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Question. What is the guideline to be used in adding or mentioning names like that of the saint, deceased, and living person in eucharistic prayers?

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Answer.

Answered by Legionary of Christ Father Edward McNamara, professor of liturgy at the Regina Apostolorum university.

Q: The first three Eucharistic Prayers each include an opportunity to mention particular names of either the faithful or the deceased, namely at the Memento’s(“Remember, Lord …”). When should the priest exercise these opportunities? Is it permissible for one to omit the names in the Roman Canon? Also, the Eucharistic Prayers wonderfully recall the lives of the saints in heaven. Occasionally, a priest would add the name of the saint whose feast day we might be celebrating and/or the names of the saints who founded the religious order which the priest belongs to (if he is religious). While this seems fitting, is this proper (especially when Eucharistic Prayer III explicitly gives the option of adding the name of “the saint of the day or the patron saint” while no other Eucharistic Prayer gives this option)? — J.G., Lewisville, Texas

A: As a general principle the names of the deceased, along with the specific formulas involved, are remembered in the Eucharistic Prayers only when there is a specific reason for doing so. This is, above all, the funeral Mass or a significant anniversary of death.

On other occasions, if the Mass is being offered up for the soul of a deceased person, the name is best mentioned at the beginning of Mass or during the prayer of the faithful. Specific names of the deceased should not be habitually mentioned during the Eucharistic Prayer.

A similar criterion applies for the living. With the exception of the pope and bishop, living people are mentioned only on rare occasions. For example, on the occasion of a baptism the godparents are mentioned at the Memento (“Remember Lord …”) while adult neophytes are mentioned at the moment of the Hanc Igitur (“Father, accept this offering …”). Neophytes are usually recalled collectively at this moment during the Easter octave.

Newlyweds are also named in a special Hanc Igitur and there are similar formulas for other occasions such as confirmation and ordination, although not all have the possibility of mentioning particular names. These formulas are usually found in the ritual for each sacrament rather than the order of Mass.

Some bishops’ conferences have also composed similar interventions for the other Eucharistic Prayers.

Regarding mentioning the saints, each Eucharistic Prayer has its own characteristics and these must be respected. Before Pope John XXIII added St. Joseph, the Roman Canon traditionally listed 24 saints (12 apostles and 12 martyrs) in two separate groups. This list may now be shortened to seven by omitting the saints following St. Andrew in the first group and after St. Barnabas in the second.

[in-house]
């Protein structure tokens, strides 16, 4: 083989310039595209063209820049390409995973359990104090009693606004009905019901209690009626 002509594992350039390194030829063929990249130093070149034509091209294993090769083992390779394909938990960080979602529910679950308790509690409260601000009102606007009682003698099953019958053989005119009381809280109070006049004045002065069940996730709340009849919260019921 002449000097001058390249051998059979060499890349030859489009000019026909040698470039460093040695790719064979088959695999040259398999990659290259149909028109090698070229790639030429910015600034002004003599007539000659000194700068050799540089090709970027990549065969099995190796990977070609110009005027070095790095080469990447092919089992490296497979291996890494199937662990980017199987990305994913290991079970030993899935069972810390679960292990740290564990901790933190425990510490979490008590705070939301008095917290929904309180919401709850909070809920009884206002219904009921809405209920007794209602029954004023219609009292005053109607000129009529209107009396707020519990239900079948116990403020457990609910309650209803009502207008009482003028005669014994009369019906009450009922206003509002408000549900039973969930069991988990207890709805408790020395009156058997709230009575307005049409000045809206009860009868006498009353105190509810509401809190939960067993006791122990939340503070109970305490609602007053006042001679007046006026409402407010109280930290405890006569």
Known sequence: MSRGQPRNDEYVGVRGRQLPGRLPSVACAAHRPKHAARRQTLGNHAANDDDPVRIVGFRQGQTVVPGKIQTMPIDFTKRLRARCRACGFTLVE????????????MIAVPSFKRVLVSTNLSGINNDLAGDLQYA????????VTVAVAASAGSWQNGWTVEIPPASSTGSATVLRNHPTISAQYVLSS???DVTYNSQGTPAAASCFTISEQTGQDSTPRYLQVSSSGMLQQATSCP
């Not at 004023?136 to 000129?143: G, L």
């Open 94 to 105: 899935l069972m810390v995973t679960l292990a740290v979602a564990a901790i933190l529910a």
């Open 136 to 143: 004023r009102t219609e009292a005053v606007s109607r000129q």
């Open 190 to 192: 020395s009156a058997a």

The full list is:

First: Peter and Paul, Andrew, (James, John, Thomas, James, Philip, Bartholomew, Matthew, Simon and Jude [apostles], Linus, Cletus, Clement, Sixtus, Cornelius, [5 Popes] Cyprian [bishop of Carthage], Lawrence [deacon], Chrysogonus, John and Paul, Cosmas and Damian [5 laymen]).

Second: John the Baptist, Stephen [deacon protomartyr], Matthias, Barnabas [apostles], (Ignatius [bishop of Antioch], Alexander [Pope], Marcellinus [priest, Peter [exorcist], Felicity, Perpetua [2 married laywomen of Carthage], Agatha, Lucy, Agnes, Cecilia [4 virgins], Anastasia [laywoman of Sirmium]).

These lists thus represent the whole Church united in offering the most holy sacrifice of the altar insofar as Christians from all strands have been deemed worthy of martyrdom, the ultimate sacrifice for Christ. In this way the use of the full list, at least occasionally, can be very useful, among other messages, in illustrating the universal call to holiness.

Of the other prayers, only Eucharistic Prayer III and the Eucharistic prayers for various needs have the possibility of adding the name of the patron saint of the church or the saint of the day. In this case it is probably a legitimate custom for a religious priest to mention the name of his founder, especially if celebrating in a church administered by his community.

It is not legitimate, however, for any priest to add the names of saints if this possibility is not foreseen in the prayer itself. This means that a priest using the Roman Canon may invoke the list of seven saints or all 24 but may not add any other names not included in this list. Likewise, he may not insert any saint’s names in Eucharistic Prayers II or IV, or the Eucharistic Prayers for reconciliation.

In short, if he desires to mention a patron saint, then he must choose the third anaphora, or, if the occasion warrants it, one of the prayers for various needs.

http://www.ewtn.com/library/liturgy/zlitur258.htm

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